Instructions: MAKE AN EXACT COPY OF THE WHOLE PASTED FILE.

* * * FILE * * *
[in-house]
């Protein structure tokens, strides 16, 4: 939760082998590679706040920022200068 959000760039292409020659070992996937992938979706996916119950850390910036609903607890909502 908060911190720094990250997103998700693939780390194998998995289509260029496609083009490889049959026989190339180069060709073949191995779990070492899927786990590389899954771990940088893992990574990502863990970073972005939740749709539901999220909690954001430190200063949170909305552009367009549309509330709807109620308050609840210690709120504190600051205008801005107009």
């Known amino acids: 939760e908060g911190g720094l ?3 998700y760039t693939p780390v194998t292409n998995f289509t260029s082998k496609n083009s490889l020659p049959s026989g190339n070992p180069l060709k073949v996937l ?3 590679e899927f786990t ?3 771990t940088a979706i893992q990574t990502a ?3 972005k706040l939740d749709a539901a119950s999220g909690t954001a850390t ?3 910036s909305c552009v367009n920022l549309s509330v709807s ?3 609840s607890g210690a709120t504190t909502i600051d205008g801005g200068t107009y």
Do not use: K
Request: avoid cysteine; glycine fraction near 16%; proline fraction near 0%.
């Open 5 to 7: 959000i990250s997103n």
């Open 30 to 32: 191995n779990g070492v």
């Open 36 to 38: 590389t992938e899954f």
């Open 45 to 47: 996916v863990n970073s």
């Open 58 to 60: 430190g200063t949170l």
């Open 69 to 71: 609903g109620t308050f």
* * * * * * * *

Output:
[in-house]
């Protein structure tokens, strides 16, 4: 939760082998590679706040920022200068 959000760039292409020659070992996937992938979706996916119950850390910036609903607890909502 908060911190720094990250997103998700693939780390194998998995289509260029496609083009490889049959026989190339180069060709073949191995779990070492899927786990590389899954771990940088893992990574990502863990970073972005939740749709539901999220909690954001430190200063949170909305552009367009549309509330709807109620308050609840210690709120504190600051205008801005107009």
């Known amino acids: 939760e908060g911190g720094l ?3 998700y760039t693939p780390v194998t292409n998995f289509t260029s082998k496609n083009s490889l020659p049959s026989g190339n070992p180069l060709k073949v996937l ?3 590679e899927f786990t ?3 771990t940088a979706i893992q990574t990502a ?3 972005k706040l939740d749709a539901a119950s999220g909690t954001a850390t ?3 910036s909305c552009v367009n920022l549309s509330v709807s ?3 609840s607890g210690a709120t504190t909502i600051d205008g801005g200068t107009y």
Do not use: K
Request: avoid cysteine; glycine fraction near 16%; proline fraction near 0%.
């Open 5 to 7: 959000i990250s997103n």
């Open 30 to 32: 191995n779990g070492v």
């Open 36 to 38: 590389t992938e899954f």
């Open 45 to 47: 996916v863990n970073s």
């Open 58 to 60: 430190g200063t949170l």
């Open 69 to 71: 609903g109620t308050f």